The Irish NPK is easier to understand: N=N : P=P : K=K. The Irish NPK is 2.95 : 0.42 : 3.66 - You can see all these figures in brackets on the label.

 

The UK NPK: N=N : P=P2O5 : K=K2O. The UK NPK is 3 : 1 : 4.4 (rounded up).

 

Hope this makes sense.

 

EDIT: spelling


Edited by HydroponicChillies, 11 February 2017 - 02:01 PM.

I have a timelapse video grow log in the Glogs section :) - but can't link to it yet  :rolleyes:


#15 Powelly

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Posted 11 February 2017 - 04:26 PM

In Australia our NPK are usually total amounts of each

If you did Chemistry ages 16-17 you should be able to pick up how to calculate total mole of each element pretty easily. If you didn't it may take half a day of practicing the sums to get it



#16 Garyuu X

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Posted 12 February 2017 - 07:32 AM

I did a couple semesters in chemistry at university too so I understand pretty much all of it, just not educated in its applications in this sense, I was more medical science. But that was about 5 years ago so my knowledge of it isn't the best anymore.

 

Well its good to know all this and I will be a lot more educated for my future purchase. Thanks guys



#17 Garyuu X

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Posted 07 March 2017 - 07:40 AM

So here is an update on the state of my plants. I went and bought some new fertilizer trying for something as close to the chilli focus as I could find and after a good 20 mins of scouring I found the one. So the weekend after my last post I gave my plants a feed with this new fertilizer and I saw the positive results within a few days. They had a growth spurt, the biggest amount of growth in such a short amount of time since I have had them. The leaves got much greener and larger, the top of the plant started to branch and new shoots/leaves are sprouting from all the older growths leaf stems. I can also see some buds forming on the newer growth. I was concerned about the health of my plants for a while there but I have learned to stop worrying and since they got a better fertilizer it's as if they grow themselves lol. Thanks to all you guys who helped me, here are some pics to show their condition now. I have since had to stake them as the taller one was getting a bit top heavy and wobbly because of it.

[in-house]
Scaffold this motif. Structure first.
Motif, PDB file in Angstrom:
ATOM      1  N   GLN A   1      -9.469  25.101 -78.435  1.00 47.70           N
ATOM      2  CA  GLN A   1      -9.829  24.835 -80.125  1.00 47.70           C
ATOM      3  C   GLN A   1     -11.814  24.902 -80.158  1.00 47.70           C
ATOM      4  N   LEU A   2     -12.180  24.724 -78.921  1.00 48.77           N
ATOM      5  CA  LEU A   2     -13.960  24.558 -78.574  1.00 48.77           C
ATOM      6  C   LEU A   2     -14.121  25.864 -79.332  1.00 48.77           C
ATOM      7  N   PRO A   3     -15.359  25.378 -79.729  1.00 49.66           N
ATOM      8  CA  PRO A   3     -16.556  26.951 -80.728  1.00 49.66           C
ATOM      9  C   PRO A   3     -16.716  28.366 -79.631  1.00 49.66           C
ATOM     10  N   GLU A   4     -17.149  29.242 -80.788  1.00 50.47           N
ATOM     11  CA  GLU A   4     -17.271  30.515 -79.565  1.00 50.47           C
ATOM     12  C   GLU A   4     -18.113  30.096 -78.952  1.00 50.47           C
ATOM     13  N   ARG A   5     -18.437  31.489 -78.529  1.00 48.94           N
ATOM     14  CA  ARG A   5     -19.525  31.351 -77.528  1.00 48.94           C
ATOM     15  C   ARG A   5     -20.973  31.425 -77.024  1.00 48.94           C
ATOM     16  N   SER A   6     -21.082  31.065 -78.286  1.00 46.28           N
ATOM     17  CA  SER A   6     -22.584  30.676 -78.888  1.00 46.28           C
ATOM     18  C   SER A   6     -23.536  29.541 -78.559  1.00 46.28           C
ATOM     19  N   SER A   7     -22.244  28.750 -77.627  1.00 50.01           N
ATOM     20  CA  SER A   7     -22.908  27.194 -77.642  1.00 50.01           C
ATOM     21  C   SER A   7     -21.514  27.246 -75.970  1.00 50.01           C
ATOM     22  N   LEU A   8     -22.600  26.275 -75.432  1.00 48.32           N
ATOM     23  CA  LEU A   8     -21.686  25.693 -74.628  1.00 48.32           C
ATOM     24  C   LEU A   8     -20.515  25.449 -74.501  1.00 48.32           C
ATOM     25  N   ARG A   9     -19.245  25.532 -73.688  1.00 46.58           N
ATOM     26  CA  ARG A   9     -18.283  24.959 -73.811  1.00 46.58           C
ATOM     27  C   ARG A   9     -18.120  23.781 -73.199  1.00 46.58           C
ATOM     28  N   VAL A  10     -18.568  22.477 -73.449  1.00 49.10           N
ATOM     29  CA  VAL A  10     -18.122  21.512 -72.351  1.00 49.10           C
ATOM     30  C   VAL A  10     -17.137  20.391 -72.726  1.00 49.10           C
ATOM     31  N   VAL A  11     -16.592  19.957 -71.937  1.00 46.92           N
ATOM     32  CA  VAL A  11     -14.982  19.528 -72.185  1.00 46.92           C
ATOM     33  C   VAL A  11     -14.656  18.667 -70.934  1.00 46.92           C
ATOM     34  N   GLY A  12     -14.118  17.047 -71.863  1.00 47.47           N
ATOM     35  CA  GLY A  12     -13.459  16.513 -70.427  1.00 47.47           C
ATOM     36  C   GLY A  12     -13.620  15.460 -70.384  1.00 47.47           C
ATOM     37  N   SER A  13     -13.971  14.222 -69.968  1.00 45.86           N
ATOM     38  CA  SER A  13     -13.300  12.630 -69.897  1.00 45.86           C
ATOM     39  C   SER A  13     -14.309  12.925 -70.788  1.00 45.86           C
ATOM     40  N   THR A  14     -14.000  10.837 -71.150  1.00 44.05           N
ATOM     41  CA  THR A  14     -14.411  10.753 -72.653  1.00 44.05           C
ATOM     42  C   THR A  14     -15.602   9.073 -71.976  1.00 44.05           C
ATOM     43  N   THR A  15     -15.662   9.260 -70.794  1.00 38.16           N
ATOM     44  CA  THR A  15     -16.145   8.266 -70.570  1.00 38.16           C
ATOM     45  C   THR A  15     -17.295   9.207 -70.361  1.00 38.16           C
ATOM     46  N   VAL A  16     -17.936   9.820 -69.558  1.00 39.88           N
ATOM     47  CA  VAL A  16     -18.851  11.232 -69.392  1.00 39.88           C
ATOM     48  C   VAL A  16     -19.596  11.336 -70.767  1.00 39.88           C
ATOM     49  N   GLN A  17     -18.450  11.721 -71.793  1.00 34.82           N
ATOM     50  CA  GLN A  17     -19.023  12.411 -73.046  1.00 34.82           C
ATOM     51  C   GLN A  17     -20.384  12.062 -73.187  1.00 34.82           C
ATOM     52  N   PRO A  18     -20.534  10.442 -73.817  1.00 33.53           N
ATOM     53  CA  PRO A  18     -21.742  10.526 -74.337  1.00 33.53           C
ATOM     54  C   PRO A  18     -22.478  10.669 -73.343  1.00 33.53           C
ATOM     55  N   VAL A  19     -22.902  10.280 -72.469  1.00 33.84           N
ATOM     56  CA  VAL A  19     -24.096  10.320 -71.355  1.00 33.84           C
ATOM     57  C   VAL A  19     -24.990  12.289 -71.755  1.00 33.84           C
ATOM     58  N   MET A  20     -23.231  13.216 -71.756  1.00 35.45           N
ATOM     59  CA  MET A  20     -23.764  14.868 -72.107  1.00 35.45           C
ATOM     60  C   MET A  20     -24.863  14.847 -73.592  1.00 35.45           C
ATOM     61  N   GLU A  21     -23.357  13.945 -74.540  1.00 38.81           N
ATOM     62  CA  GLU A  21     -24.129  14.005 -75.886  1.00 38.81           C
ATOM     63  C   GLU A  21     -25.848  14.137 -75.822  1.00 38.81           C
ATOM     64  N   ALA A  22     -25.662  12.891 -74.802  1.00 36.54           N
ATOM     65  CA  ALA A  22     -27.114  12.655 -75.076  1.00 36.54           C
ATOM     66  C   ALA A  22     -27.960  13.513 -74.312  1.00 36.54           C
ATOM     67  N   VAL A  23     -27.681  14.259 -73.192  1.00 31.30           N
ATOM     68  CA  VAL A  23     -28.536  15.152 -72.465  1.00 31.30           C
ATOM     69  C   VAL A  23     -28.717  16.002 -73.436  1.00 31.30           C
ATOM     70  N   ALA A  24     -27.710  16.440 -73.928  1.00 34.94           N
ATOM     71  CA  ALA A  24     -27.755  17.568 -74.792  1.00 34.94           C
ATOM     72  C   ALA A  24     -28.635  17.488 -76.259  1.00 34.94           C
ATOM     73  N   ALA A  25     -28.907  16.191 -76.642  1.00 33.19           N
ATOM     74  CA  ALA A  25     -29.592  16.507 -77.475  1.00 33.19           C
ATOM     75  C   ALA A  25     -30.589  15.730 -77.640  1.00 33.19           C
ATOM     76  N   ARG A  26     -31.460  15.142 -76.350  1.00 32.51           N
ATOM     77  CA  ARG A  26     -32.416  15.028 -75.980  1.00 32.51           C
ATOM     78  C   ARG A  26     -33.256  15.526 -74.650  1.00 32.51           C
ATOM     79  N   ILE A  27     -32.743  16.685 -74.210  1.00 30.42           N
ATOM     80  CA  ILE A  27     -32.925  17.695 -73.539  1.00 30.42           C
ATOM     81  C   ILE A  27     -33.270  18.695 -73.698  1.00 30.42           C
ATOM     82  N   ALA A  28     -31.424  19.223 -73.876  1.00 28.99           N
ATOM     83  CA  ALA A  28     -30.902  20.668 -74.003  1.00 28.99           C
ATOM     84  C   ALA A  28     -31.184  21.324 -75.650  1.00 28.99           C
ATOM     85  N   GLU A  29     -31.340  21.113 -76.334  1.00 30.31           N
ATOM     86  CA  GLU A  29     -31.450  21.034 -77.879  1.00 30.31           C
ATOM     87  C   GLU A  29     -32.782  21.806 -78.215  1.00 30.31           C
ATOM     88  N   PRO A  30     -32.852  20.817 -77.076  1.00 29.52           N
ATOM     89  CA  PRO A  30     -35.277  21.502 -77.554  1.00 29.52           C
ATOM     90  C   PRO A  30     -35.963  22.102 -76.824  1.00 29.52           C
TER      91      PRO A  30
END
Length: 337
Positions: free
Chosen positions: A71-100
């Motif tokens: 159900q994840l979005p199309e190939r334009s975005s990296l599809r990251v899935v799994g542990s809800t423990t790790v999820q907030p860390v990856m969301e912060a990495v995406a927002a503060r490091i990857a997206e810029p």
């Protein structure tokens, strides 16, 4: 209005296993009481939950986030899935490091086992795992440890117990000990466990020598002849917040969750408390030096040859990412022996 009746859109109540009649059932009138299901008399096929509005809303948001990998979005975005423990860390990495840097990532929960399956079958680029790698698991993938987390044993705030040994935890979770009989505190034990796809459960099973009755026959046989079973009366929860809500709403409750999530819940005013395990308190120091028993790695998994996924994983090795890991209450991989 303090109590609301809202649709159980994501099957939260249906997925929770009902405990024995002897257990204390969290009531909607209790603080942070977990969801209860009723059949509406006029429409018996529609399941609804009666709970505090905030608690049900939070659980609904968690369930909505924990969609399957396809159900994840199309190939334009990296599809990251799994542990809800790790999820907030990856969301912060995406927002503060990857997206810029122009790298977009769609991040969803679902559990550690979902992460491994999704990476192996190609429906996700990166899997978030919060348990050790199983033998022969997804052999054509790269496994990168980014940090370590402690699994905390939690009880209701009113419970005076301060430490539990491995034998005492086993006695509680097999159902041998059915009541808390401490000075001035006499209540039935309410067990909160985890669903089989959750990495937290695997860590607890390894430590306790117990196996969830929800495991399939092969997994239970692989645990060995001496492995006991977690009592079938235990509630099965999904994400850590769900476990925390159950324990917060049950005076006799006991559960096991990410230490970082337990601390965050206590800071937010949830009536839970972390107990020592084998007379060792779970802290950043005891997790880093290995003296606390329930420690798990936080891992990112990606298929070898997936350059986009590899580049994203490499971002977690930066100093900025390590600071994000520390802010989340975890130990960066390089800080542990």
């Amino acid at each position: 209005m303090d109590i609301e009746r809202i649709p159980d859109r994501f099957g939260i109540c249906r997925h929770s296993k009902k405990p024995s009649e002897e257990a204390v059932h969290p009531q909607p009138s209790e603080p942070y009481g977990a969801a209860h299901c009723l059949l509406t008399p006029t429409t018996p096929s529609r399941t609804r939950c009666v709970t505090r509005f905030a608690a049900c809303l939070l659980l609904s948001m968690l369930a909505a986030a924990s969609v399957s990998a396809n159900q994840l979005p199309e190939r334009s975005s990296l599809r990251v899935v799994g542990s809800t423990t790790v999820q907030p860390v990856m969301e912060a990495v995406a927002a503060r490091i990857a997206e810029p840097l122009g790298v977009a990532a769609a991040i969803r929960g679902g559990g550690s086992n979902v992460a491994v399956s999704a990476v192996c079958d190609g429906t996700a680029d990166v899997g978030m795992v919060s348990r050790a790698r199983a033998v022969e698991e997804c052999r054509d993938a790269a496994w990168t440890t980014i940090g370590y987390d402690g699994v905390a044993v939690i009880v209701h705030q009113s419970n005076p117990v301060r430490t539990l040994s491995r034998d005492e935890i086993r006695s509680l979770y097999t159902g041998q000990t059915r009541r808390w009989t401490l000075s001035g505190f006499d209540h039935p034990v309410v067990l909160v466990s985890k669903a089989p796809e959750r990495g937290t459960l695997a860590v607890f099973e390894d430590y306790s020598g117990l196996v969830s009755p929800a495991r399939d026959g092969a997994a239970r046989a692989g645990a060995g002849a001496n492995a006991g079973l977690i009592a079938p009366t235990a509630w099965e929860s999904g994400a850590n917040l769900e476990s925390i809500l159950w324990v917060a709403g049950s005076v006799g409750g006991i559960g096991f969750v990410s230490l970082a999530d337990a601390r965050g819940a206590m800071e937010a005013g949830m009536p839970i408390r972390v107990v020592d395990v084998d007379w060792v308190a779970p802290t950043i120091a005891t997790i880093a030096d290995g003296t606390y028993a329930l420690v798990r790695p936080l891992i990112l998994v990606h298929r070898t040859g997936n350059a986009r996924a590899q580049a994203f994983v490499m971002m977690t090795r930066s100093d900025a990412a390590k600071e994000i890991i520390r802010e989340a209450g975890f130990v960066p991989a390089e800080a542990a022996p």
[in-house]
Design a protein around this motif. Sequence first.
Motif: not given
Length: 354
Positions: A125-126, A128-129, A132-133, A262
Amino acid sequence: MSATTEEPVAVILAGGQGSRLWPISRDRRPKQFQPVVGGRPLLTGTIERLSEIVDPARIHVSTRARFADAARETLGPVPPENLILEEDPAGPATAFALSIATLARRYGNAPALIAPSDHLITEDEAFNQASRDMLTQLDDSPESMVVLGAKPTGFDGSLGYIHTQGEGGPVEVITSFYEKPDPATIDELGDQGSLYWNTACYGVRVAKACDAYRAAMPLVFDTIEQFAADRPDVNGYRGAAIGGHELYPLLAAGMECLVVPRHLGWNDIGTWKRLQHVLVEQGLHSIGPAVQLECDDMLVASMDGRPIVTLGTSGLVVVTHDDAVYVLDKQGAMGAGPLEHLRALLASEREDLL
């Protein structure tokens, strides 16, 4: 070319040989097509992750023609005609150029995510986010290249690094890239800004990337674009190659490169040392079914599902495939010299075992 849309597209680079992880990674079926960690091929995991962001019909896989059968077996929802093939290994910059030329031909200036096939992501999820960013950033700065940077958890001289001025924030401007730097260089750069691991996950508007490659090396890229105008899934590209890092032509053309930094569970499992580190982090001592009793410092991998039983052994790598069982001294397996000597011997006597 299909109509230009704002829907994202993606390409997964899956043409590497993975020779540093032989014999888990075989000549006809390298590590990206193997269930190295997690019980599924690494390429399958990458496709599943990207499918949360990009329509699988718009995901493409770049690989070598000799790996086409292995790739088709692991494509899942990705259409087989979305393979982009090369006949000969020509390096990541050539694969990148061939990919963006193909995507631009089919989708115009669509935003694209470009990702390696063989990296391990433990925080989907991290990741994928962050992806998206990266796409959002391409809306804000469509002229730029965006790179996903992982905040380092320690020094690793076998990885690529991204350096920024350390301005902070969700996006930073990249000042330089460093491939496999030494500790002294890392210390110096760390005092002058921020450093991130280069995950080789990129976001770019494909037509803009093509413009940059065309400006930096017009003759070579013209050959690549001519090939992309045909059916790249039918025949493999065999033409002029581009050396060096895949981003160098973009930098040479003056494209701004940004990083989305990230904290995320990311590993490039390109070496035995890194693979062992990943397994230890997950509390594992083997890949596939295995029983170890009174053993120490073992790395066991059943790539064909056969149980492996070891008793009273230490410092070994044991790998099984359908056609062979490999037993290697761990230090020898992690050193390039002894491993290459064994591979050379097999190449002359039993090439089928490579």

Can't remember how I embeded the images like last time so these will have to do.

 

http://imgur.com/a/cKmCE

 

http://imgur.com/a/7FyHL

 

http://imgur.com/a/sz355


Edited by Garyuu X, 07 March 2017 - 07:43 AM.


#18 The_NorthEast_ChileMan

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Posted 07 March 2017 - 09:43 AM

Congrats! Great progress and I posted the pic of your Aji Lemon twins below for everyone to enjoy.

 

 

heINROW.jpg


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#19 HostileBuddha

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Posted 07 March 2017 - 08:02 PM

I had the same thing happen with my plants one year and was really worried and it ended up not even being a problem. With normal care once the plants matured they smoothed out.